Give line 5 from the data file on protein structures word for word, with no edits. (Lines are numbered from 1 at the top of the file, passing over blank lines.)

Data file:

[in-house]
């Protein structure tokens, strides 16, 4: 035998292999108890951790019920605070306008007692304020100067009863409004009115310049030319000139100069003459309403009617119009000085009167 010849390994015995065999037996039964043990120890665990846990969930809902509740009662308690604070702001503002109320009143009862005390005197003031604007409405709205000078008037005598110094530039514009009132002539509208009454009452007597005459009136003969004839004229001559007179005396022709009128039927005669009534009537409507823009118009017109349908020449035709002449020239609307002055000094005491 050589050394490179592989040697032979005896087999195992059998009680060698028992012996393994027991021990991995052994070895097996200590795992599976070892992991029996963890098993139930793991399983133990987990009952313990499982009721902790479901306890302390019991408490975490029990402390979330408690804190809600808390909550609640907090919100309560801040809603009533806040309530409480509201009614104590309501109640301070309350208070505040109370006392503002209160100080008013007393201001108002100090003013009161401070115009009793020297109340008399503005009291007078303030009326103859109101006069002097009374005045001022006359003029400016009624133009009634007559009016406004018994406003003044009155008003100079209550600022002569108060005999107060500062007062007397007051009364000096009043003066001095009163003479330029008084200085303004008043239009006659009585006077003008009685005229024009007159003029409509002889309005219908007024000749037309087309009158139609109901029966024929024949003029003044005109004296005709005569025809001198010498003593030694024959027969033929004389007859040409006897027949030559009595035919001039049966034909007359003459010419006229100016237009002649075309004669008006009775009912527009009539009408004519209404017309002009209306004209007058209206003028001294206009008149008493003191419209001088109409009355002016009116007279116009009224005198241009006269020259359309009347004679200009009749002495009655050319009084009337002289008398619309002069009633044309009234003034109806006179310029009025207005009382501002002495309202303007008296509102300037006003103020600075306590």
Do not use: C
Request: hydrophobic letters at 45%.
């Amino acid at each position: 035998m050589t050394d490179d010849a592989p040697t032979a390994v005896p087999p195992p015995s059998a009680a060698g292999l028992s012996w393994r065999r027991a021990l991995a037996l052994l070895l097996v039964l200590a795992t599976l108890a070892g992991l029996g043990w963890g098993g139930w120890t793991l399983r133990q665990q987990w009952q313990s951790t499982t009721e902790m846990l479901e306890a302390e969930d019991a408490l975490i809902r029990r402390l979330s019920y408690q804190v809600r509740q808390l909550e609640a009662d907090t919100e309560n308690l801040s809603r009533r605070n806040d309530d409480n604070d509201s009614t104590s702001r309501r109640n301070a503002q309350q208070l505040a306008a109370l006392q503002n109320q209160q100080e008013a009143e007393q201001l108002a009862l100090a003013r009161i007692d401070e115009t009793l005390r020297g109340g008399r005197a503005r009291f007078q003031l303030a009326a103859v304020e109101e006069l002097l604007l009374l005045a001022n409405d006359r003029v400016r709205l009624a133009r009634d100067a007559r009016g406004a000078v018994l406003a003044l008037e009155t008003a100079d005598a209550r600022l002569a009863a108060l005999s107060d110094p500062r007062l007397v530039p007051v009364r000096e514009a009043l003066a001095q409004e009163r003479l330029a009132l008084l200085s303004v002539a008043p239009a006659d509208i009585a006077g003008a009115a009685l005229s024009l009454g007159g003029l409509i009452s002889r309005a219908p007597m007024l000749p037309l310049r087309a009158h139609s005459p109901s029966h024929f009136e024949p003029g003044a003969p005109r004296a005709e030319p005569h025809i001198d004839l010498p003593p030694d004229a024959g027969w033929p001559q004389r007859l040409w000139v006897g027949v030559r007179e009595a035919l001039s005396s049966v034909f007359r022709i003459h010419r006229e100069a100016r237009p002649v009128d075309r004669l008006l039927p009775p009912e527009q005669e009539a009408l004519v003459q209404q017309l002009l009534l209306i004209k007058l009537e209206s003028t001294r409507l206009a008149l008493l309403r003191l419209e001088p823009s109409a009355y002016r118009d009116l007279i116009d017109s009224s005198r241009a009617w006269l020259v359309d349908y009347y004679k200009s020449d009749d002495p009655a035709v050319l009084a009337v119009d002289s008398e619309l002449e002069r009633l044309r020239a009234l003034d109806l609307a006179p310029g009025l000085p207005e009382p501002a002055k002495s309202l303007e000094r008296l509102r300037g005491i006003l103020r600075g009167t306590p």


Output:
């Amino acid at each position: 035998m050589t050394d490179d010849a592989p040697t032979a390994v005896p087999p195992p015995s059998a009680a060698g292999l028992s012996w393994r065999r027991a021990l991995a037996l052994l070895l097996v039964l200590a795992t599976l108890a070892g992991l029996g043990w963890g098993g139930w120890t793991l399983r133990q665990q987990w009952q313990s951790t499982t009721e902790m846990l479901e306890a302390e969930d019991a408490l975490i809902r029990r402390l979330s019920y408690q804190v809600r509740q808390l909550e609640a009662d907090t919100e309560n308690l801040s809603r009533r605070n806040d309530d409480n604070d509201s009614t104590s702001r309501r109640n301070a503002q309350q208070l505040a306008a109370l006392q503002n109320q209160q100080e008013a009143e007393q201001l108002a009862l100090a003013r009161i007692d401070e115009t009793l005390r020297g109340g008399r005197a503005r009291f007078q003031l303030a009326a103859v304020e109101e006069l002097l604007l009374l005045a001022n409405d006359r003029v400016r709205l009624a133009r009634d100067a007559r009016g406004a000078v018994l406003a003044l008037e009155t008003a100079d005598a209550r600022l002569a009863a108060l005999s107060d110094p500062r007062l007397v530039p007051v009364r000096e514009a009043l003066a001095q409004e009163r003479l330029a009132l008084l200085s303004v002539a008043p239009a006659d509208i009585a006077g003008a009115a009685l005229s024009l009454g007159g003029l409509i009452s002889r309005a219908p007597m007024l000749p037309l310049r087309a009158h139609s005459p109901s029966h024929f009136e024949p003029g003044a003969p005109r004296a005709e030319p005569h025809i001198d004839l010498p003593p030694d004229a024959g027969w033929p001559q004389r007859l040409w000139v006897g027949v030559r007179e009595a035919l001039s005396s049966v034909f007359r022709i003459h010419r006229e100069a100016r237009p002649v009128d075309r004669l008006l039927p009775p009912e527009q005669e009539a009408l004519v003459q209404q017309l002009l009534l209306i004209k007058l009537e209206s003028t001294r409507l206009a008149l008493l309403r003191l419209e001088p823009s109409a009355y002016r118009d009116l007279i116009d017109s009224s005198r241009a009617w006269l020259v359309d349908y009347y004679k200009s020449d009749d002495p009655a035709v050319l009084a009337v119009d002289s008398e619309l002449e002069r009633l044309r020239a009234l003034d109806l609307a006179p310029g009025l000085p207005e009382p501002a002055k002495s309202l303007e000094r008296l509102r300037g005491i006003l103020r600075g009167t306590p």